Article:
The Lecce Baroque: history and origins


Whitely gilded
is the sky where
on the ledges they run
sweet-breasted angels,
Saracen warriors and learned donkeys
with rich ruffs.

A fast-paced game
of the soul that is afraid
multiply figures,
defends itself
from a sky that is too clear.

An air of gold
mild and unhurried
he entertains himself in that kingdom
of useless gears including
the seed of boredom
it unfolds its arrogantly witty flowers
and as for bet
a stone carnival
simulates infinity in a thousand guises.

(from After the Moon, 1956)

Vittorio Bodini was an established Apulian poet and translator, he was born in Bari but spent his childhood in the Salento capital, he translated into Italian several Spanish writers including Federico Garcia Lorca and Miguel de Cervantes. In his poem "Lecce" we find a splendid and exciting description of the Lecce Baroque and we start from here to talk about this architectural style which in two centuries, between 1550 and 1730, changed the face of the city forever and made it the jewel it is today, capable of attracting visitors from all over the world.
Let's start from the words of an established translator of Spanish works for a specific reason, the link between Spain and Italy is not accidental if we talk about the Lecce Baroque, this style is in fact very influenced by the Spanish Plateresque, an artistic style that flourished in Spain. in the fifteenth and sixteenth centuries, characterized by many ornaments and composed starting from the imitation of silverware works (in Spanish “plata”), from which the name of plateresque derives. A few decades after the Spanish presence in the Kingdom of Naples contributes decisively to the customs clearance of this taste for details and decorations and therefore to the birth of the Lecce Baroque. There are also other historical reasons behind this Baroque spring in the Heel of Italy, such as the outcome of the Battle of Lepanto in 1571, which considerably weakened the armies of the Ottoman Empire, making southern Italy less exposed to raids by pirates and invasions by the enemy. Finally, the Counter-Reformation, or a set of measures of spiritual, theological and liturgical renewal with which the Catholic Church reformed its institutions after the Council of Trent. Following these measures, many churches were re-adapted at an architectural level to be more functional to the new post-Tridentine liturgies, many buildings of medieval construction were "renovated", through embellishments with stuccoes, marbles and various decorations, which made them assume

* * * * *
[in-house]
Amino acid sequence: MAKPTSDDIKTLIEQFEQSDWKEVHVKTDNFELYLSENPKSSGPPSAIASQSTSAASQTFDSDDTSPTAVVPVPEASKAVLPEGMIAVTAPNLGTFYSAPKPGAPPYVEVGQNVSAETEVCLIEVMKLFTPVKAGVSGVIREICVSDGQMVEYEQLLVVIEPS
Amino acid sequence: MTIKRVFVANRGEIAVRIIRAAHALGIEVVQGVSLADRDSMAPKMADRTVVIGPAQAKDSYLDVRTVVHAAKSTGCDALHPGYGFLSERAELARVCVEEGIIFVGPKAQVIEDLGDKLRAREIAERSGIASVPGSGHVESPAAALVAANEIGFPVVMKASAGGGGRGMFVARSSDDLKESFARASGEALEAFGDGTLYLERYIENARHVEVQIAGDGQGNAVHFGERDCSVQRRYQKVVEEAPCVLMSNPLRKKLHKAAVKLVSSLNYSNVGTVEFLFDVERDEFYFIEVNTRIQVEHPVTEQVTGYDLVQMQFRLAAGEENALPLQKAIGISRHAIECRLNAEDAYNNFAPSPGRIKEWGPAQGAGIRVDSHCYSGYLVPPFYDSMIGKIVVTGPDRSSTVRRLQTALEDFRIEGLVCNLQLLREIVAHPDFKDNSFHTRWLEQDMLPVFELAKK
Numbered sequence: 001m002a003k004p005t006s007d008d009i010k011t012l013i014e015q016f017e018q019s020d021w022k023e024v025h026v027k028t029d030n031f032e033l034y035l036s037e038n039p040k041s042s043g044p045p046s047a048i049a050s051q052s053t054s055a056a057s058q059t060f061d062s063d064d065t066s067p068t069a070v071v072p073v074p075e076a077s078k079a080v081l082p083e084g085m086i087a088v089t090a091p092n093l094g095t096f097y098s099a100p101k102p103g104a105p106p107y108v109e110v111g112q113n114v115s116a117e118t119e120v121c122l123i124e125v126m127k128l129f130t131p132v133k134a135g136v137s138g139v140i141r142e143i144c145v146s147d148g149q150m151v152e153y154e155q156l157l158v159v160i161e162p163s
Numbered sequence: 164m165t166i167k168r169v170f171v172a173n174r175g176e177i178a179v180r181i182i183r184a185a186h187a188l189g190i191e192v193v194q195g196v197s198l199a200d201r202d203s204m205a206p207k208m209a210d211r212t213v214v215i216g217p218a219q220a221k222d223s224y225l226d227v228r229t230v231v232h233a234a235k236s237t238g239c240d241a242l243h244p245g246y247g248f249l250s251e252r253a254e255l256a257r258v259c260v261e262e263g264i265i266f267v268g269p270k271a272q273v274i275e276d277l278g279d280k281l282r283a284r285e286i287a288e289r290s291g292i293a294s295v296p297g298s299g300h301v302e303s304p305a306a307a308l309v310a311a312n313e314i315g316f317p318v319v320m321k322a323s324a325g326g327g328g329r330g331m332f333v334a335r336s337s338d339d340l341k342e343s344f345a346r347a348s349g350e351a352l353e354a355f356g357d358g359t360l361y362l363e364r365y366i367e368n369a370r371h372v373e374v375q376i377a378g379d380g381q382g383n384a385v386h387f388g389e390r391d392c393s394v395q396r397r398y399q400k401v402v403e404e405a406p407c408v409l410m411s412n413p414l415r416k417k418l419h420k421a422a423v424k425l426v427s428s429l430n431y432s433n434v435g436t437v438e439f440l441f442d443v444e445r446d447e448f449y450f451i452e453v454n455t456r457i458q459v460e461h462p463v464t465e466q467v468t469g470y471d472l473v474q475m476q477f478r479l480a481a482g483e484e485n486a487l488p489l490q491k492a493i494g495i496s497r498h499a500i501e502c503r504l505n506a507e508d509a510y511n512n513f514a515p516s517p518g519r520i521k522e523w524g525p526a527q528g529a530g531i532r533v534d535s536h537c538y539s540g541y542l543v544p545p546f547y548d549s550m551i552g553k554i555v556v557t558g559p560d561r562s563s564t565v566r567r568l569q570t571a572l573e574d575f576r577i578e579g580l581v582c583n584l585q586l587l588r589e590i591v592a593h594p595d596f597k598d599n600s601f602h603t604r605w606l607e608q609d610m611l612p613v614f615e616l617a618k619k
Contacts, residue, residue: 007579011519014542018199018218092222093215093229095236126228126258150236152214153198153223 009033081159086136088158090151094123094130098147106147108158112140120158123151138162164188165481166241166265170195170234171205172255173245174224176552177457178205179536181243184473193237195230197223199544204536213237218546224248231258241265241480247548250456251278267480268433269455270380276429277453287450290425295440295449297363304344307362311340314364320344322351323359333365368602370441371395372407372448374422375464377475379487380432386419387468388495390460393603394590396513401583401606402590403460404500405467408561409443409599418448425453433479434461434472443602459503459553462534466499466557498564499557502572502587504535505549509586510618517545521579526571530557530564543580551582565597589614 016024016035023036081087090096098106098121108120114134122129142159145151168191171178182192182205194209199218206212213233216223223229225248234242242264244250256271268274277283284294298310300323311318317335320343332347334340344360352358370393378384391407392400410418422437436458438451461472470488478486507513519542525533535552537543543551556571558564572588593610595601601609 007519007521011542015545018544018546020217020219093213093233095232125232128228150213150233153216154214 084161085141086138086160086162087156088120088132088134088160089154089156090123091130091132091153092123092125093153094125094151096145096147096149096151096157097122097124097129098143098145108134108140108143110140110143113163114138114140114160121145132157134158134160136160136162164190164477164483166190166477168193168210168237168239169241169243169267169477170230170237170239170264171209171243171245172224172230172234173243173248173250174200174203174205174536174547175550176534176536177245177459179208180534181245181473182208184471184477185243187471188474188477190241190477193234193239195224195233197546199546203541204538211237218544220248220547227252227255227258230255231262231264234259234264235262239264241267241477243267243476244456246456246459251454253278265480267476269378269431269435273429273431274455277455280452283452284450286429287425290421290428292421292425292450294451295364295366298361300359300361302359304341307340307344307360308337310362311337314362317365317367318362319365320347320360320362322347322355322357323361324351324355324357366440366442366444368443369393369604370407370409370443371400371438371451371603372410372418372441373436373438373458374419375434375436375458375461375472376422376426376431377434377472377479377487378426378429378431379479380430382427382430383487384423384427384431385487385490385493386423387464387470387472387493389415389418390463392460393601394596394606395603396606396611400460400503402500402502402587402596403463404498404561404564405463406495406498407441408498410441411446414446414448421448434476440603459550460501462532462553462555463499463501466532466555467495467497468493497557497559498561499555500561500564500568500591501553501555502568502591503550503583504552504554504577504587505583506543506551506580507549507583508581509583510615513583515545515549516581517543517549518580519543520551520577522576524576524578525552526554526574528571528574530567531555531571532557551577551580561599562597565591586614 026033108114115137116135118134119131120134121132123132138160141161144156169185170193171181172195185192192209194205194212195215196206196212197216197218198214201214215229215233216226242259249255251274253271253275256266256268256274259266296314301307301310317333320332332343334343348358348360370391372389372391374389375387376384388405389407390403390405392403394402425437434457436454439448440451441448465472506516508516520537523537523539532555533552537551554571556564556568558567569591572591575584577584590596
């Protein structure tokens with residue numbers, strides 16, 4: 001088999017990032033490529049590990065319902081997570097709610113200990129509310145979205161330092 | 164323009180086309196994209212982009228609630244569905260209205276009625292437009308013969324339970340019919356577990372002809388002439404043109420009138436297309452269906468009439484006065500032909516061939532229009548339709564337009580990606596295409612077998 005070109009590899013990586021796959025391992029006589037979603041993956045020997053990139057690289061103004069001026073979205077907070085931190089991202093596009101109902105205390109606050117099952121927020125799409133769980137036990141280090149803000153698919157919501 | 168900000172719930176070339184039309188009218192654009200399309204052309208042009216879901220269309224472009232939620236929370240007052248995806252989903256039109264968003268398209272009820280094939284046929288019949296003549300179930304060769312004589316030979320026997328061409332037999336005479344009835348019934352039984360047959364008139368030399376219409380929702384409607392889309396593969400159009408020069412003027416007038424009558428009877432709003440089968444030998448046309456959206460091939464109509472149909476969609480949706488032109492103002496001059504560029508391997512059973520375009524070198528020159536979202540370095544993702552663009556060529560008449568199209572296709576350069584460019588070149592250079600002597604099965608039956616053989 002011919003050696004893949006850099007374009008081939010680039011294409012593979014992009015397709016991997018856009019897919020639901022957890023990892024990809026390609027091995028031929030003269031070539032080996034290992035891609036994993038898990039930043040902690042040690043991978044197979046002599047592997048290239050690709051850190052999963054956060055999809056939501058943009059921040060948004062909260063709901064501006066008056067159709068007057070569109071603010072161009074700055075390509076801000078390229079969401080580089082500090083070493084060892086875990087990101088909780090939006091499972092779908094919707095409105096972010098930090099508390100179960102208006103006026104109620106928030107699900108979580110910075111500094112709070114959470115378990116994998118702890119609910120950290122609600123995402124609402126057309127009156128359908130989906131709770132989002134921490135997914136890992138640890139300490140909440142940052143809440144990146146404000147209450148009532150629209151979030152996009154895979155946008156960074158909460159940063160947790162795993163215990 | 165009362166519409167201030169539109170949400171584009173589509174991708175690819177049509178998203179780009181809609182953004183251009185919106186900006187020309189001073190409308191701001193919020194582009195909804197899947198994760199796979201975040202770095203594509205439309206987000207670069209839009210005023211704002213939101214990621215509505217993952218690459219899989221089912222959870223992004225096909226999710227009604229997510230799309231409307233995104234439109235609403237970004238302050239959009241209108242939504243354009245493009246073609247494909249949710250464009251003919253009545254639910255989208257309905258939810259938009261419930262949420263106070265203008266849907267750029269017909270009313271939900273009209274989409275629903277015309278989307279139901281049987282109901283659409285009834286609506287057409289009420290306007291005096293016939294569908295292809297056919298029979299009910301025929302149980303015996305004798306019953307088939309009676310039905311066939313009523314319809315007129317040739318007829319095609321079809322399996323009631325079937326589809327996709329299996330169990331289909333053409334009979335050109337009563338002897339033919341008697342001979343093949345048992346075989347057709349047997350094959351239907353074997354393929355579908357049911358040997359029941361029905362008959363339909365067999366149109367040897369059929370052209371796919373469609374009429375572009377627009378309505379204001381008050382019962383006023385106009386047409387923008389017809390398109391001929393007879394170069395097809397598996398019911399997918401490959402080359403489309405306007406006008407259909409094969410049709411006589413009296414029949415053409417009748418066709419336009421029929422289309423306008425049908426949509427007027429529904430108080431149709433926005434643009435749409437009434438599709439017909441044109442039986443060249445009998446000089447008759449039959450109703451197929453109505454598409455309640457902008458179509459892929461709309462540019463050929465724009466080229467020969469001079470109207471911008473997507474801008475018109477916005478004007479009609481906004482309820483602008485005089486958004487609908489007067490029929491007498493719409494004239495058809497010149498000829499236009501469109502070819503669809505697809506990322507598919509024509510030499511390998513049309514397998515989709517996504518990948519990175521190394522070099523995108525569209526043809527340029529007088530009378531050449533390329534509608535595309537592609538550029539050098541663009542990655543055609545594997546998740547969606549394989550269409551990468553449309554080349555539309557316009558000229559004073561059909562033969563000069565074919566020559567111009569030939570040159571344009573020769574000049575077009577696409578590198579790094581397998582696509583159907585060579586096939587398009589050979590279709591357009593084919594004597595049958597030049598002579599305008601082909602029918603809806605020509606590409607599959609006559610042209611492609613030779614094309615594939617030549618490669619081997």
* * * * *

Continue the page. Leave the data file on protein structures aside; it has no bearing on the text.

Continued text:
these look like baroque churches. But the Baroque was particularly lucky in Salento also thanks to the quality of the local stone used: the Lecce stone, which we have already talked about in this blog, or a soft and compact limestone with warm and golden tones suitable for working with the stonemason.

The Lecce Baroque is immediately recognizable even to less experienced spectators, due to its gaudy decorations that characterize the coatings of the buildings: precisely baroque exuberances, floral motifs, human figures and mythological animals, friezes and coats of arms. All this richness of agricultural and floral decorative elements is a metaphor for the "grace of God" and the beauty of creation. Among the most common fruits are the pine cone, a symbol of fertility and abundance, the apple, a symbol of temptation but also of redemption, the pomegranate, a symbol of the Resurrection, the vine, an attribute of Christ.

This new style, which at first only affected sacred and noble buildings, then spread also in civil architecture and therefore its floral motifs, figures, mythological animals, friezes and coats of arms also triumphed on the facades, balconies and on the portals of private buildings.

Until then Lecce had been a fortified city, almost austere, gathered around the severe bulk of the Castle of Charles V, but in less than two centuries it changed considerably, becoming that "... stone carnival, which simulates the infinite ”recounted by Bodini in his beautiful verses. In the next article of this blog we will see to analyze in detail each of the buildings resulting from this admirable architectural revolution.